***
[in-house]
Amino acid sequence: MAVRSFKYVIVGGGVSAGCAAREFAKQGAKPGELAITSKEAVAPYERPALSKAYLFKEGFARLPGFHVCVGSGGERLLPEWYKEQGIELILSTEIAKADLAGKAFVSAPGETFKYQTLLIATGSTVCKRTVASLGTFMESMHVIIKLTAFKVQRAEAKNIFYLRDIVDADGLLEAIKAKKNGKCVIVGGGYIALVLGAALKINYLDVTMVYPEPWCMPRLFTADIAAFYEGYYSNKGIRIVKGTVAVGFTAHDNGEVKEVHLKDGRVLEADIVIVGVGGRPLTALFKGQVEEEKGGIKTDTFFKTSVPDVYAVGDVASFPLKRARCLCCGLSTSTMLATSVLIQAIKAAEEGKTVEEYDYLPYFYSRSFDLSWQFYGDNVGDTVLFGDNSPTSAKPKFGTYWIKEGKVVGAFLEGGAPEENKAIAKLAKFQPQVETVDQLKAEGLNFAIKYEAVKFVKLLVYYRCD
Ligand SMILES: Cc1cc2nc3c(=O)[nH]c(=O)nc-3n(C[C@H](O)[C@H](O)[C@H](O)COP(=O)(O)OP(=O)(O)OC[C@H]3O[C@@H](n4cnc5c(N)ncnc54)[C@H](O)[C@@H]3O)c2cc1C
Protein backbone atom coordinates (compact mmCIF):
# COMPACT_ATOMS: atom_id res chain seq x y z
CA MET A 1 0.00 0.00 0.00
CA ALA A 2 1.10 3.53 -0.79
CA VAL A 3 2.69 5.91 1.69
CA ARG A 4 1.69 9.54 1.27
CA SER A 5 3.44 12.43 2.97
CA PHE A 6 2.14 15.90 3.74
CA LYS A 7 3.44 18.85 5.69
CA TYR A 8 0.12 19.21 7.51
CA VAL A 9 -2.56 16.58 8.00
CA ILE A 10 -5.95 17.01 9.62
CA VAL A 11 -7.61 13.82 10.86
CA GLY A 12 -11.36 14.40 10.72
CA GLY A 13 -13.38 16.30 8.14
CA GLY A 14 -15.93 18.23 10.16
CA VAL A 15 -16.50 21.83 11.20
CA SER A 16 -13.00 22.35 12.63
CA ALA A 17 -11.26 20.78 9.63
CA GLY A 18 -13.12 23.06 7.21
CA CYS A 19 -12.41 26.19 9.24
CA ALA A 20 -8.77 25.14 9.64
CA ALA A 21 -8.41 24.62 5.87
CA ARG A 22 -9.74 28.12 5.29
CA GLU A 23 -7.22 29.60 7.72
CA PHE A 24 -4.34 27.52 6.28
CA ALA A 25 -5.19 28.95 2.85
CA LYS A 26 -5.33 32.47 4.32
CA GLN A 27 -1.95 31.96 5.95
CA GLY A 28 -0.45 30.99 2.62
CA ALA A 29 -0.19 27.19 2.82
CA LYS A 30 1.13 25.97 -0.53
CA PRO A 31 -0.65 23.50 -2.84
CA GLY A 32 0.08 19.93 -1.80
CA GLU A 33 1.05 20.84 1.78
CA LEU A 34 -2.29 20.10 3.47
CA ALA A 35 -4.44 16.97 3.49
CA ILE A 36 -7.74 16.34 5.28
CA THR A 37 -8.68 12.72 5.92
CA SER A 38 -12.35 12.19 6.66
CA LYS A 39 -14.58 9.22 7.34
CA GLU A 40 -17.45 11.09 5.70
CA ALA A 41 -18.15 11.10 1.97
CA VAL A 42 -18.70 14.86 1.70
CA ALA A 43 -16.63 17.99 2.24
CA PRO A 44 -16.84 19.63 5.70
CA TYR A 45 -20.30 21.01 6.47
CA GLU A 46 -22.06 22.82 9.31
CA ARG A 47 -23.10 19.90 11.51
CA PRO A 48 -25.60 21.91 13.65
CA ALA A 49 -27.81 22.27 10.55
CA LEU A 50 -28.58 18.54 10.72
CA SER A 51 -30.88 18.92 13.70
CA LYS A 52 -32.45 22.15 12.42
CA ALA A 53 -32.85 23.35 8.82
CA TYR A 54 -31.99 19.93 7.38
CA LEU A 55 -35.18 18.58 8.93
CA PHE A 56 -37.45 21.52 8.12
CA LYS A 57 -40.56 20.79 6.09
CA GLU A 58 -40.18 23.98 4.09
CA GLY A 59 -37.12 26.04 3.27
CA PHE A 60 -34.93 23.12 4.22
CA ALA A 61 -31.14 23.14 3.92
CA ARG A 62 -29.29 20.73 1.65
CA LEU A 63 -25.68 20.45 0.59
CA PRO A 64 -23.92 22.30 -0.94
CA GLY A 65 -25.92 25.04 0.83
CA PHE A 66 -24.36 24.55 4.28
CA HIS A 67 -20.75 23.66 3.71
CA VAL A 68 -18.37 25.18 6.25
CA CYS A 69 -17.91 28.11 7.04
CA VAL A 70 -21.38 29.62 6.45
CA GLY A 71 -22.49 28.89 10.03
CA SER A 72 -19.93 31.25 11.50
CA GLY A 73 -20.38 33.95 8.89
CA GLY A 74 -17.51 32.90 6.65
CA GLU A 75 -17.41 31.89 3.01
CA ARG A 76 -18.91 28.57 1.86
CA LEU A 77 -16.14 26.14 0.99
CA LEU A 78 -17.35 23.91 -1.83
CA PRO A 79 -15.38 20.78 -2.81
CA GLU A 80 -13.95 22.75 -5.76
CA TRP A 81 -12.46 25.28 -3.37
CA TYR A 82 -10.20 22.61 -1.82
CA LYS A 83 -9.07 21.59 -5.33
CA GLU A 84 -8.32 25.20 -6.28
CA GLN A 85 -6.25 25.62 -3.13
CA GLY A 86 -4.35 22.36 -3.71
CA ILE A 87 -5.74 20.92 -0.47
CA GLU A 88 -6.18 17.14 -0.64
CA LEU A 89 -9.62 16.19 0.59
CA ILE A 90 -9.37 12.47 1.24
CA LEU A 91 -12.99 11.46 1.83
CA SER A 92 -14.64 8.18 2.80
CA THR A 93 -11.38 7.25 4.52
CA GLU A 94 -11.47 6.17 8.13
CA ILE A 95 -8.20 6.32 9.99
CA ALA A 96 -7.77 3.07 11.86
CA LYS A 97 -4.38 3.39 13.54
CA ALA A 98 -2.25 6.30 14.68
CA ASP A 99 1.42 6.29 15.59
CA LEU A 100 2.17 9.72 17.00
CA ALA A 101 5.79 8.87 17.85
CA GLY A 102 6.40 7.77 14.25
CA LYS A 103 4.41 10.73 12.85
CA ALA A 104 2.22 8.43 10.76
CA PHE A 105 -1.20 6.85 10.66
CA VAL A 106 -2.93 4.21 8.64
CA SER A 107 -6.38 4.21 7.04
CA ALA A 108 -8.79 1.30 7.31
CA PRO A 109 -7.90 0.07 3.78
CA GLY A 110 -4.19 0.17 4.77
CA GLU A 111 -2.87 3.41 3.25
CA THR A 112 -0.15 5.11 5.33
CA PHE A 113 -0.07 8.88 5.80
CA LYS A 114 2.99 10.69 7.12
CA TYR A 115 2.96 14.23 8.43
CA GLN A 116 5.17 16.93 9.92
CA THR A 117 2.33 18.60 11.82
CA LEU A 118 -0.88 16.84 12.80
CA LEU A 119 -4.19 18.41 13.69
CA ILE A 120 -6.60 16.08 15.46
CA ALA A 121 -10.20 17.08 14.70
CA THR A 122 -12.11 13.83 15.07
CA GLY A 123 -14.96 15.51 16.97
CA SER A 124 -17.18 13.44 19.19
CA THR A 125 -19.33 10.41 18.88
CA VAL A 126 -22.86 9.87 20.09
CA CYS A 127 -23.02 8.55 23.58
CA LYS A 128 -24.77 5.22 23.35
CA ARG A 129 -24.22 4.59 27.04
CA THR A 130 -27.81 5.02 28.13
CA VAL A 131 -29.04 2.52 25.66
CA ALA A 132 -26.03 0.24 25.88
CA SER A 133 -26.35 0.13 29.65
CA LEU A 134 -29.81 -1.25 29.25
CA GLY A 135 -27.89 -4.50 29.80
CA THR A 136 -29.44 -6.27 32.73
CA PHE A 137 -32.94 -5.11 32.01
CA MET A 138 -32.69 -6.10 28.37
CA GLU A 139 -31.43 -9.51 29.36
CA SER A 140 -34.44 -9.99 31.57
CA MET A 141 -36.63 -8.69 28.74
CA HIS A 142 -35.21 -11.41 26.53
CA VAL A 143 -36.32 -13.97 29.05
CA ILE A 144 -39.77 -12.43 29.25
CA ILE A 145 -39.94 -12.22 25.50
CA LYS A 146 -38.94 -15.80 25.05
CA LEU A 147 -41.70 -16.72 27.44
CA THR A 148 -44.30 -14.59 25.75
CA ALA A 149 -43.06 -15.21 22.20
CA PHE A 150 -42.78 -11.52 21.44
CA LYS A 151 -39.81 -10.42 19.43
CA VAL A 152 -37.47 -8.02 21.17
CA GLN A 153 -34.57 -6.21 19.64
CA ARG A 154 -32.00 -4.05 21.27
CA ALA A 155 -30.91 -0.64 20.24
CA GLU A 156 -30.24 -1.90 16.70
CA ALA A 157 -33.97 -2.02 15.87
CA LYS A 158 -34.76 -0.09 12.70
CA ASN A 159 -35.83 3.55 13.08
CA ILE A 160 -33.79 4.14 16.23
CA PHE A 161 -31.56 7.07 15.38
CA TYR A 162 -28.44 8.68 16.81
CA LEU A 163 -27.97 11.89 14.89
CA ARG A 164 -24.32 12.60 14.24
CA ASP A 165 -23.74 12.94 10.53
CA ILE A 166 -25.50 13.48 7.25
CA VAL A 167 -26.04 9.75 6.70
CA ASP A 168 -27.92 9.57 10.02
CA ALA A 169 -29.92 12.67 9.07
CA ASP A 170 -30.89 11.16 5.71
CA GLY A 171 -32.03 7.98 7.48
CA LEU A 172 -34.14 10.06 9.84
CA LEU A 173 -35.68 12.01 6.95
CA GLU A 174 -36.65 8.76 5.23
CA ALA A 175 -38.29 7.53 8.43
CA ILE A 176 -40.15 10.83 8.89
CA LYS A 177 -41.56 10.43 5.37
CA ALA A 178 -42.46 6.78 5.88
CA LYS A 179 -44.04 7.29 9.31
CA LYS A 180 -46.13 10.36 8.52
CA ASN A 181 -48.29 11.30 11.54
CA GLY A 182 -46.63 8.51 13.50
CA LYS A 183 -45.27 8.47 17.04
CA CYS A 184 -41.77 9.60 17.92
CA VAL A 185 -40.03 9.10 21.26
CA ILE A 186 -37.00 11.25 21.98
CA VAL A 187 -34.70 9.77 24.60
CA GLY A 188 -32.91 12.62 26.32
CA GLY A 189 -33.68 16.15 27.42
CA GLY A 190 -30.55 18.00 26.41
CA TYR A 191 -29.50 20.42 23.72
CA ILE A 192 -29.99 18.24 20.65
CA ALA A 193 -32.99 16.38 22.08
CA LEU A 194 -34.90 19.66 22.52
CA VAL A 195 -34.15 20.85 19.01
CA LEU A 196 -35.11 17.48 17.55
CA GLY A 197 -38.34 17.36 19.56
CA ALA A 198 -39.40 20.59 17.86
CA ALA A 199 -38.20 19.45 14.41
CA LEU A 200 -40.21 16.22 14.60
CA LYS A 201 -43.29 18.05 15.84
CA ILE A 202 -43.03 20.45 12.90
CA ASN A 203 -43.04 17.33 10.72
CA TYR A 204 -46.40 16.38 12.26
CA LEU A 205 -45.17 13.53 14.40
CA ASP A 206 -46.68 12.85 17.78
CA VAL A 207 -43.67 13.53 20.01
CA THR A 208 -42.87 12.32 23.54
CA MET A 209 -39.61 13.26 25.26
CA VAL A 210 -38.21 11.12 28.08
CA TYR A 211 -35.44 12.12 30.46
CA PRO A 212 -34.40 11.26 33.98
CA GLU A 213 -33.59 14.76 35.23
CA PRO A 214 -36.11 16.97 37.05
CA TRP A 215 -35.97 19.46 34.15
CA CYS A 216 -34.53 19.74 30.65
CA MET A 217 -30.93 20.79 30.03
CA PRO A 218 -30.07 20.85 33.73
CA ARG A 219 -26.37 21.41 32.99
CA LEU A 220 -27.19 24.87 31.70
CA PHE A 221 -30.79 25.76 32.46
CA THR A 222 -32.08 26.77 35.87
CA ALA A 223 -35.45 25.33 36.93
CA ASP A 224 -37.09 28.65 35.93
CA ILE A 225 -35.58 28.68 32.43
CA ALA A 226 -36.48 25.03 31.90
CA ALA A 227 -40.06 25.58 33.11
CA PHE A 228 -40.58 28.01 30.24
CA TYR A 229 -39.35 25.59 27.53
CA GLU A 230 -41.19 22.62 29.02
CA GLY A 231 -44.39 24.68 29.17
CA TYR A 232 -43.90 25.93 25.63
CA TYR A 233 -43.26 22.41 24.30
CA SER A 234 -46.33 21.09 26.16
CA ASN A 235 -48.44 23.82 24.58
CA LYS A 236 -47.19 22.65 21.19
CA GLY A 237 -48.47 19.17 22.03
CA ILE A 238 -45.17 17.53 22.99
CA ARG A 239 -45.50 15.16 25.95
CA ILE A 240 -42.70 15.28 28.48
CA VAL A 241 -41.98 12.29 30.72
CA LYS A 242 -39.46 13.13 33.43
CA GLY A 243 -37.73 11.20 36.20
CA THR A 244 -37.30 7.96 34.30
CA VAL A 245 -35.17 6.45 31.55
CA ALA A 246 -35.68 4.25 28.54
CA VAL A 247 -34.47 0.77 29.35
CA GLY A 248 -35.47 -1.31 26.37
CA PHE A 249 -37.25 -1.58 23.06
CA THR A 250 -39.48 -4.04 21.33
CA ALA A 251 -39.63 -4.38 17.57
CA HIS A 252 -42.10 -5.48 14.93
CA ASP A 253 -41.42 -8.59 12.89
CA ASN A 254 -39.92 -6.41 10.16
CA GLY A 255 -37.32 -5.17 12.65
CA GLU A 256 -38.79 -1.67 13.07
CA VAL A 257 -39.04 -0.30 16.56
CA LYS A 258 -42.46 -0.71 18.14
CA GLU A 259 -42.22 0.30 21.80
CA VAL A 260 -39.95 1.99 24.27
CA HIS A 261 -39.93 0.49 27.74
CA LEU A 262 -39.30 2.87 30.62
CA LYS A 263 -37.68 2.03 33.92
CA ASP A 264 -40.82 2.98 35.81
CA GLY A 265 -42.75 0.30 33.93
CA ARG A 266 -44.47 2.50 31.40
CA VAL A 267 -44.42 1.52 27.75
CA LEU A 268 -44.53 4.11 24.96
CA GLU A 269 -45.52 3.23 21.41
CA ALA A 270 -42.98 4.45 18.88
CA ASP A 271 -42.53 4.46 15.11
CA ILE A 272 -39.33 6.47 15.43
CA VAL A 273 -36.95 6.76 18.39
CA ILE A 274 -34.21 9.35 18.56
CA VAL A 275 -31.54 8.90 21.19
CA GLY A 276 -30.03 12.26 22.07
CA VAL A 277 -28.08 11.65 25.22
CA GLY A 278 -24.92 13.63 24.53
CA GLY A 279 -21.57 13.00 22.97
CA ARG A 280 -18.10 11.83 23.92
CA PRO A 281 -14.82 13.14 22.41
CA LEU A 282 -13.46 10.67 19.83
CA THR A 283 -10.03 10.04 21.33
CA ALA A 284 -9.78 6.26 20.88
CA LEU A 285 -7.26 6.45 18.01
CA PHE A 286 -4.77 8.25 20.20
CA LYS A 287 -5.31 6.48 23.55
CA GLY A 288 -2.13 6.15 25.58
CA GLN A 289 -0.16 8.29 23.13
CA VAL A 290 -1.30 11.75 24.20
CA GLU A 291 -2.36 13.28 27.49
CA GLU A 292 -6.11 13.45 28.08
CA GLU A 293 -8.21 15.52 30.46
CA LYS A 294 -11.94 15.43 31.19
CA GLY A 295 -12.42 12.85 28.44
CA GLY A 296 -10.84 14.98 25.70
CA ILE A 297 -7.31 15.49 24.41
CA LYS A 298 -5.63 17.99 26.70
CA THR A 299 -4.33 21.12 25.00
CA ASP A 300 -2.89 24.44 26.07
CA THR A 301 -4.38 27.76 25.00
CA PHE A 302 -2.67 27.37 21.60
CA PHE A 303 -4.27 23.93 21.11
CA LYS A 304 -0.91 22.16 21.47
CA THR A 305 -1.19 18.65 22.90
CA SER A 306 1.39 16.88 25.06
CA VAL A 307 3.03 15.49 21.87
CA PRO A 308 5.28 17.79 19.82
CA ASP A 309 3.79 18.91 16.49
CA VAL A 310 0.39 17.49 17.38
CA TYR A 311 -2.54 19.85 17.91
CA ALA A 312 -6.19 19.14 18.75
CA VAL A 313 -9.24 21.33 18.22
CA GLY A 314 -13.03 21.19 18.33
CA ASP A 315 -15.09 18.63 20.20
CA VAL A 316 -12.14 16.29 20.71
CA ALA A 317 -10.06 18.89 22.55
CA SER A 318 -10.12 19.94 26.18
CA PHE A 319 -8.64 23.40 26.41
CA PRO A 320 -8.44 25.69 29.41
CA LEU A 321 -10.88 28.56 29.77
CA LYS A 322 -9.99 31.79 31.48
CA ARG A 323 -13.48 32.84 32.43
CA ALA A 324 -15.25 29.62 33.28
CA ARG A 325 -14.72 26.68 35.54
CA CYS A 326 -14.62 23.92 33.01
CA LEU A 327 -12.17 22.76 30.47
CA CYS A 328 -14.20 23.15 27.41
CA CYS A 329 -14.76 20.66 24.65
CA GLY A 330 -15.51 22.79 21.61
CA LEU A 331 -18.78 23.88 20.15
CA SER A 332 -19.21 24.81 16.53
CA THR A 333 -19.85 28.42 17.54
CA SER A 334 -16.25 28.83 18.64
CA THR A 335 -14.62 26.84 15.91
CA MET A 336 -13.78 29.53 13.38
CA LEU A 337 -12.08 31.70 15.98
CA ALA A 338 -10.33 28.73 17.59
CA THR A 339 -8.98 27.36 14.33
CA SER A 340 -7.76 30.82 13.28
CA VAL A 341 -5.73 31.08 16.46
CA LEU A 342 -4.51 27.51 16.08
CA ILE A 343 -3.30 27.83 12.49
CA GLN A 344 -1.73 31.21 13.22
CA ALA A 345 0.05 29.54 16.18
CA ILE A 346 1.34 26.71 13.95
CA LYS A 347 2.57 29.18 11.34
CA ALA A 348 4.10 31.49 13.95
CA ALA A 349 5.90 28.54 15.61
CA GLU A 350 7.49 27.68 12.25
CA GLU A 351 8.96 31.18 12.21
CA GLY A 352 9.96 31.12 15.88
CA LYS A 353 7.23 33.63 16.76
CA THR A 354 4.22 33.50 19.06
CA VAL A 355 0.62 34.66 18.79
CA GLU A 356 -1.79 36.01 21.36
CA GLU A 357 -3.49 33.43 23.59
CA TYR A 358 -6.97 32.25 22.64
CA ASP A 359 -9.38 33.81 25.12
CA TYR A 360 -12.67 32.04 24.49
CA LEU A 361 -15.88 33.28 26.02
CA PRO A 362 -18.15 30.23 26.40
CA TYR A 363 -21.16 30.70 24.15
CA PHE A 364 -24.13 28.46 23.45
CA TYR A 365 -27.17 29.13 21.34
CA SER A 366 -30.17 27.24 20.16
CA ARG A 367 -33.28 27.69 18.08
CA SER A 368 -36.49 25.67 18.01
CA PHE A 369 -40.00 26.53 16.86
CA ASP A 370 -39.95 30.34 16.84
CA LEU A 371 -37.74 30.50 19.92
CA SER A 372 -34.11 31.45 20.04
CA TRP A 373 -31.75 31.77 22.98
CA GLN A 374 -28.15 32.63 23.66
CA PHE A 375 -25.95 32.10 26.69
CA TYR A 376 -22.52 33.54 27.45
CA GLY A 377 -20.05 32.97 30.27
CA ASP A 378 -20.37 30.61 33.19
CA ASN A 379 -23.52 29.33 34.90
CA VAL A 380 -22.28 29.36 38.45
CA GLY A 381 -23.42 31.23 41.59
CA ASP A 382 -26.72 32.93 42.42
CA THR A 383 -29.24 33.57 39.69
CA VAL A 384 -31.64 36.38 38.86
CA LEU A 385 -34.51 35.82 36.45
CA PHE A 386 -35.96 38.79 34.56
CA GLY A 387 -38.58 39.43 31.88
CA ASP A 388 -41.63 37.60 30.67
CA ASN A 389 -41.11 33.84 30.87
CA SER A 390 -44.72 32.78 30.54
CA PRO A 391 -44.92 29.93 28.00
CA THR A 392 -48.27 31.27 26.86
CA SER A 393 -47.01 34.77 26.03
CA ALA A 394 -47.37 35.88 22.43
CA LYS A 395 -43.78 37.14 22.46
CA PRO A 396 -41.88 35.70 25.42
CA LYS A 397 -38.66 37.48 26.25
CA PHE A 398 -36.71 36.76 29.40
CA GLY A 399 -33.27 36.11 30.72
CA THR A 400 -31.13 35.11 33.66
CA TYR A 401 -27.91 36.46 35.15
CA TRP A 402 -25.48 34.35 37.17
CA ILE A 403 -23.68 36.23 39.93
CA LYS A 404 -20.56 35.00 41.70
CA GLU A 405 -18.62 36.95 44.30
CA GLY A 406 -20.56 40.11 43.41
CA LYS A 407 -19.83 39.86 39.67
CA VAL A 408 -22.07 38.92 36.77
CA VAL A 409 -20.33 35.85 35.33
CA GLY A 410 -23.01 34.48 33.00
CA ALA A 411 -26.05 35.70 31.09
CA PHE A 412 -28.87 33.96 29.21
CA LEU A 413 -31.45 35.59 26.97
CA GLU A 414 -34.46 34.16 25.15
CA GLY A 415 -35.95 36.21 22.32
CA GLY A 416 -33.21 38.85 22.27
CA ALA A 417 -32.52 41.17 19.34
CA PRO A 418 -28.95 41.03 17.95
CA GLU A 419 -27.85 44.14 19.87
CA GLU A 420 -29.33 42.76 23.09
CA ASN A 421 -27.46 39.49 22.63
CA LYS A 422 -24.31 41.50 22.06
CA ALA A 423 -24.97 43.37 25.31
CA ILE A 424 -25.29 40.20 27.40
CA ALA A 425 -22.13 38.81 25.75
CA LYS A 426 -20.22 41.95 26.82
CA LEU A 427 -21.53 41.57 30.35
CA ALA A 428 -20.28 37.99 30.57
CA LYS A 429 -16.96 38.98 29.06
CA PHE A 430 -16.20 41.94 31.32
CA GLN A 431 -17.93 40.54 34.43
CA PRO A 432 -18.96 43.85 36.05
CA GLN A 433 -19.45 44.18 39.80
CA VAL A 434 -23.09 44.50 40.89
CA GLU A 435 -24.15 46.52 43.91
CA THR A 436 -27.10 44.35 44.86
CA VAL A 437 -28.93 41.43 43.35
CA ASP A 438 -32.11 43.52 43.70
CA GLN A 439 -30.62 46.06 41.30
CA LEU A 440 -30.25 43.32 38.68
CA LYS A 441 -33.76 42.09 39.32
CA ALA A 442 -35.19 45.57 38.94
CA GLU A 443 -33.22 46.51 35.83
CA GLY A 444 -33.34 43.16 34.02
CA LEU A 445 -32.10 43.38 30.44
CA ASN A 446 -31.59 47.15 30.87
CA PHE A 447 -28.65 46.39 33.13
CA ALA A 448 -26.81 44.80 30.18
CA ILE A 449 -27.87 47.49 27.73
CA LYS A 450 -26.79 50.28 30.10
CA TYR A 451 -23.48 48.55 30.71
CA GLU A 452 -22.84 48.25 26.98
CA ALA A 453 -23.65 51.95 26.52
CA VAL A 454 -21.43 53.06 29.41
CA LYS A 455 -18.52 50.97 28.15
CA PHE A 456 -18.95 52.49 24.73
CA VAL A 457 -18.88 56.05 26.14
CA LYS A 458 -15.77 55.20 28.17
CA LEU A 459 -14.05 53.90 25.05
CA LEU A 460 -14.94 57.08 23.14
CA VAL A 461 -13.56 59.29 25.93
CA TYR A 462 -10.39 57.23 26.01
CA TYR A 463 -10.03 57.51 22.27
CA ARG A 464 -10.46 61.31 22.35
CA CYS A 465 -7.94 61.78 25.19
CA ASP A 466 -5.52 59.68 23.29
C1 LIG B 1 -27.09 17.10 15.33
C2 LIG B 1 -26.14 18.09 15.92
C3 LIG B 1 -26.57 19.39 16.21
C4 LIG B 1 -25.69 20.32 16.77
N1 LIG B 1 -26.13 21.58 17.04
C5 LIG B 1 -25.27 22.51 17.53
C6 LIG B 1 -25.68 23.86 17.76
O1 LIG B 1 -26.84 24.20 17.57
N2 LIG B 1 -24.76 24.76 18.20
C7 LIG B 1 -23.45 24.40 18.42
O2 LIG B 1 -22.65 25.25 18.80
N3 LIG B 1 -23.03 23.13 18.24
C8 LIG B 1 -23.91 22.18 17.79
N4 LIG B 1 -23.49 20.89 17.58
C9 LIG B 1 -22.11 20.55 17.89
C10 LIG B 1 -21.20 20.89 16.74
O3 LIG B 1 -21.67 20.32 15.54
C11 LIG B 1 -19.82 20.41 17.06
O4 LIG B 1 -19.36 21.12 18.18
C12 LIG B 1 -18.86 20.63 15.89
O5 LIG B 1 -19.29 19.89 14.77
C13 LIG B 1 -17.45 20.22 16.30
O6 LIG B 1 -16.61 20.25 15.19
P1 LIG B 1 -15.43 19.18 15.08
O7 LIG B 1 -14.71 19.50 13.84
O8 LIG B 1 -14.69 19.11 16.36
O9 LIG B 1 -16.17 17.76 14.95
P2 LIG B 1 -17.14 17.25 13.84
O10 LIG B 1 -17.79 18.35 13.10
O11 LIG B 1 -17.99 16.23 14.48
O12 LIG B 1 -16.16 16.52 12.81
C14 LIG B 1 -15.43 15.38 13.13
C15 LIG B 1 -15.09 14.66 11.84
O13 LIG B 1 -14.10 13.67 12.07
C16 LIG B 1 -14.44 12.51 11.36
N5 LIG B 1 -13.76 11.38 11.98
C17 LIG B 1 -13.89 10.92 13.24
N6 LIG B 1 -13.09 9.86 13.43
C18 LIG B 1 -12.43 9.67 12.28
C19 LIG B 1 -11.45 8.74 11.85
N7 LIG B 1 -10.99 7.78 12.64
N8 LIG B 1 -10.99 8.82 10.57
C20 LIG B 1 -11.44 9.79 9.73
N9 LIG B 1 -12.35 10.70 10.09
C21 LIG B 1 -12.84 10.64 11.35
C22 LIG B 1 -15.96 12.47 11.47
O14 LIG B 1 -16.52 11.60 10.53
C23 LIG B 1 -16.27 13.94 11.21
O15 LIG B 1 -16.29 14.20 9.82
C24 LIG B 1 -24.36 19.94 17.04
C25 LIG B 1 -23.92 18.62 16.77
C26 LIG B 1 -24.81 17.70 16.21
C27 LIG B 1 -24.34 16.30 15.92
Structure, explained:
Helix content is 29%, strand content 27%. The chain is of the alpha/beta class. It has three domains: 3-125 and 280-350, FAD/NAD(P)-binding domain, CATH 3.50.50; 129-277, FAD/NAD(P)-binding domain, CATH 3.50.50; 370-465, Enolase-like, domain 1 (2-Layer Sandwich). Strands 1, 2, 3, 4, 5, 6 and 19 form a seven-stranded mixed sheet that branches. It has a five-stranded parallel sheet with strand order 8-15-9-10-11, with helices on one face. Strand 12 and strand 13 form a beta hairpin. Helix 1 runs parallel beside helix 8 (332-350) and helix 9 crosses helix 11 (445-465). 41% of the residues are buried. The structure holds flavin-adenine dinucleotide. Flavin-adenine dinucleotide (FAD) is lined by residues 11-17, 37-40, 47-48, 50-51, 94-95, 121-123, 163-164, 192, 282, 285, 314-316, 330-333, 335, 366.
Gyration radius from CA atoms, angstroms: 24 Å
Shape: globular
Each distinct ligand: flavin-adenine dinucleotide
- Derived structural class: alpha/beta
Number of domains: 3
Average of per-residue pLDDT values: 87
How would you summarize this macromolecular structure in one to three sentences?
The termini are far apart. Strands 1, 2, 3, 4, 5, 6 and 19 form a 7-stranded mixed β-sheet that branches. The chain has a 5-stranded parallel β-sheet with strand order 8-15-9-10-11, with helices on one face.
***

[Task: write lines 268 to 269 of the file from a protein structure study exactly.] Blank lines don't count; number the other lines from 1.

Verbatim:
CA LYS A 263 -37.68 2.03 33.92
CA ASP A 264 -40.82 2.98 35.81